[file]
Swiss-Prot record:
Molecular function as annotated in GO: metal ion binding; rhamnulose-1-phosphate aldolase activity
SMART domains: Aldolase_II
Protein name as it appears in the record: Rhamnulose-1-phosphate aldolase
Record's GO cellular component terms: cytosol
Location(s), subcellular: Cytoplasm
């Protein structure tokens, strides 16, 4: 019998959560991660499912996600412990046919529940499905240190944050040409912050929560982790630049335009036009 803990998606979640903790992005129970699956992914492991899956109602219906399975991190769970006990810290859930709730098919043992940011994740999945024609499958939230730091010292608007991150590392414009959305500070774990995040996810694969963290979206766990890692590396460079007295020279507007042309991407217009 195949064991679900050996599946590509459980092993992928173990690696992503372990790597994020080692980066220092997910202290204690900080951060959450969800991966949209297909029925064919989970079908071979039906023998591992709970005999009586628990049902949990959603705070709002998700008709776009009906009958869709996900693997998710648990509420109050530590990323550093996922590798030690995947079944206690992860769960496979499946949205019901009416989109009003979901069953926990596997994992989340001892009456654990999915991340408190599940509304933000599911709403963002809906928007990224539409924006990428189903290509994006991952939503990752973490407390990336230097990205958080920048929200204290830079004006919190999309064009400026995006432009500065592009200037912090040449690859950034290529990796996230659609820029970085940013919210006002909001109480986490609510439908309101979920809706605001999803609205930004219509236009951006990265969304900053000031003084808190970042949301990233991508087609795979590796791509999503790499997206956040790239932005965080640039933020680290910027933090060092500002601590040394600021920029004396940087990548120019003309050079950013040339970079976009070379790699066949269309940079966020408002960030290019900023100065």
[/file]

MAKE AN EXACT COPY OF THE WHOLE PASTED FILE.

Swiss-Prot record:
Molecular function as annotated in GO: metal ion binding; rhamnulose-1-phosphate aldolase activity
SMART domains: Aldolase_II
Protein name as it appears in the record: Rhamnulose-1-phosphate aldolase
Record's GO cellular component terms: cytosol
Location(s), subcellular: Cytoplasm
């Protein structure tokens, strides 16, 4: 019998959560991660499912996600412990046919529940499905240190944050040409912050929560982790630049335009036009 803990998606979640903790992005129970699956992914492991899956109602219906399975991190769970006990810290859930709730098919043992940011994740999945024609499958939230730091010292608007991150590392414009959305500070774990995040996810694969963290979206766990890692590396460079007295020279507007042309991407217009 195949064991679900050996599946590509459980092993992928173990690696992503372990790597994020080692980066220092997910202290204690900080951060959450969800991966949209297909029925064919989970079908071979039906023998591992709970005999009586628990049902949990959603705070709002998700008709776009009906009958869709996900693997998710648990509420109050530590990323550093996922590798030690995947079944206690992860769960496979499946949205019901009416989109009003979901069953926990596997994992989340001892009456654990999915991340408190599940509304933000599911709403963002809906928007990224539409924006990428189903290509994006991952939503990752973490407390990336230097990205958080920048929200204290830079004006919190999309064009400026995006432009500065592009200037912090040449690859950034290529990796996230659609820029970085940013919210006002909001109480986490609510439908309101979920809706605001999803609205930004219509236009951006990265969304900053000031003084808190970042949301990233991508087609795979590796791509999503790499997206956040790239932005965080640039933020680290910027933090060092500002601590040394600021920029004396940087990548120019003309050079950013040339970079976009070379790699066949269309940079966020408002960030290019900023100065």